The number of women serving in the House and Senate since 1917

House of Representatives

Why have so few women of color made inroads in the Senate? The answer, according to Paru Shah, a political science professor at the University of Wisconsin-Milwaukee, is that historically, it’s been easier for women of color to get elected from geographically smaller areas where there are more racial minority voters, like in those majority-minority districts.

Statewide races are just far more challenging for candidates who aren’t white men. “A statewide office is seen as more powerful, more prestigious, more desirable, so it just amplifies all of the bias and challenges that women of color face in general,” Shah told us. Running a statewide race also requires a lot more money and infrastructure, she pointed out, and so parties might be less willing to back and fund a candidate who they don’t think has a strong chance of winning — in other words, that “viability” trap we mentioned earlier. These patterns aren’t just keeping women of color out of the Senate, either. It’s true across executive statewide roles: Even today, no state has had a Black woman as a governor.

Historically, more women of color have won congressional seats as Democrats, too. But this year, 50 percent of the women of color who joined Congress were Republicans, which is actually pretty unusual, as the chart below shows.

Many women of color in Congress are Democrats, but not all

The number of women serving in Congress by party, since 1917


Part of this is simply because women of color are more likely to identify as Democrats in general. But the Republican Party also has not been as committed to electing women, regardless of their race or ethnicity, as the Democratic Party. There are some signs this might be changing as evidenced by the 117th Congress, but Smooth told us that the lack of role models and institutional support for women of color within the Republican Party is an even bigger issue than it is among Democrats. Dittmar added that it’s unclear how many of the Republican women of color who won this year were actually recruited by party leaders.

Going forward, though, most of the experts we spoke with did agree that they expect to see more women of color running — and winning — congressional races in the future. Smooth pointed out the importance of races like the recent Georgia Senate contests. Neither of the winning Democratic candidates was a woman of color, she acknowledged, but Abrams has received much of the credit for the organizing that led to their victories — along with other Black women strategists, volunteers and voters.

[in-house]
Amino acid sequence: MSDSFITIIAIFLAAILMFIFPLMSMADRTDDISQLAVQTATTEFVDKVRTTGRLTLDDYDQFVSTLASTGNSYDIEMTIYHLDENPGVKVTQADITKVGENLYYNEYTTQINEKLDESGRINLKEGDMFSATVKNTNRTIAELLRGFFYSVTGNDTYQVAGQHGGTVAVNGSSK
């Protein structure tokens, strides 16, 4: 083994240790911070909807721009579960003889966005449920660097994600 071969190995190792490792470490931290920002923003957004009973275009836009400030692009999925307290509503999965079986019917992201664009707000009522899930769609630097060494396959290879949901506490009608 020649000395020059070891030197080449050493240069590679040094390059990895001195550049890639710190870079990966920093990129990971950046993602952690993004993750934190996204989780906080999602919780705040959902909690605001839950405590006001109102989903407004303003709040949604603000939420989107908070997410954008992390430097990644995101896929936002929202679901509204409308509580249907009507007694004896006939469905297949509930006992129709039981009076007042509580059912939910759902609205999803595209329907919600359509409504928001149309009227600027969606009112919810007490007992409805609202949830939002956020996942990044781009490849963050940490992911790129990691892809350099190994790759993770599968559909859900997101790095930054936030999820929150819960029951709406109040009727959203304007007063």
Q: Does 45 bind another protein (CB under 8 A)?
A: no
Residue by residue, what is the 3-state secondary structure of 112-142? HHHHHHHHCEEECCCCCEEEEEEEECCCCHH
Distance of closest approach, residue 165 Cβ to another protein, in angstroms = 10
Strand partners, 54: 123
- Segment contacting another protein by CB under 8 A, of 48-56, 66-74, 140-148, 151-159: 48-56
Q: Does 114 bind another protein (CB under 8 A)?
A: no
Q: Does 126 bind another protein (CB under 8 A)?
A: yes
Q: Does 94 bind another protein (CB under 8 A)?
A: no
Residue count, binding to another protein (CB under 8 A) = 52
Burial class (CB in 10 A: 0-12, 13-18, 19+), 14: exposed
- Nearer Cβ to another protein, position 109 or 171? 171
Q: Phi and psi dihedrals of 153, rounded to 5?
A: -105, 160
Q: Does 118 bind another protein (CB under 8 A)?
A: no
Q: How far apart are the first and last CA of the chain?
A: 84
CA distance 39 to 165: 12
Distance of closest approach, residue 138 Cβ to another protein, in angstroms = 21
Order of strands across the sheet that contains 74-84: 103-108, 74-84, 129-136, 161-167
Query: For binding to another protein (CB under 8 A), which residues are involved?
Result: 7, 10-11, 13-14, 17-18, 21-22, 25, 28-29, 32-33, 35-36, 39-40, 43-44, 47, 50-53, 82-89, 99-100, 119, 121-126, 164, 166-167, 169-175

“Black women are getting recognized now as incredible vote mobilizers and their work really paid off in Georgia and in other battleground states,” Smooth said. “The question now is — will some of those women turn to formal electoral politics and run their own campaigns? This pivotal election cycle could be planting seeds for the next decade.”

But Smooth and other experts were quick to note that the parties need to do more to support women of color when they run — and to make sure they’re represented in nonelectoral roles that nevertheless have significant influence over which candidates receive funding and other forms of political support. Part of that, Smooth told us, means rethinking old assumptions about which candidates are electable. “In recent months, there’s been more recognition of the contributions of Black women as voters and as candidates, and that’s significant,” Smooth said. “But that’s come after great agitation and work on the part of Black women operatives. Both parties have a long way to go and a lot to do.”

Data presented here comes from the Center for American Women and Politics at Rutgers University and reflects the number of women seated at the beginning of each calendar year. The total number of women serving in 2021 does not include the three women expected to resign to join Biden's Cabinet; Sen. Kelly Loeffler, who lost a special election on Jan. 5; or Claudia Tenney, who is leading in a New York congressional race that remains undecided. It does include Rep. Mariannette Miller-Meeks, who was provisionally seated in the House while her race is under review by the House Committee on Administration. Nonvoting delegates from Washington, D.C., and the territories were excluded throughout. Additionally, white women who identified as Latina were classified as Hispanic in the visualizations. White women encompassed any non-Hispanic woman who identified as white.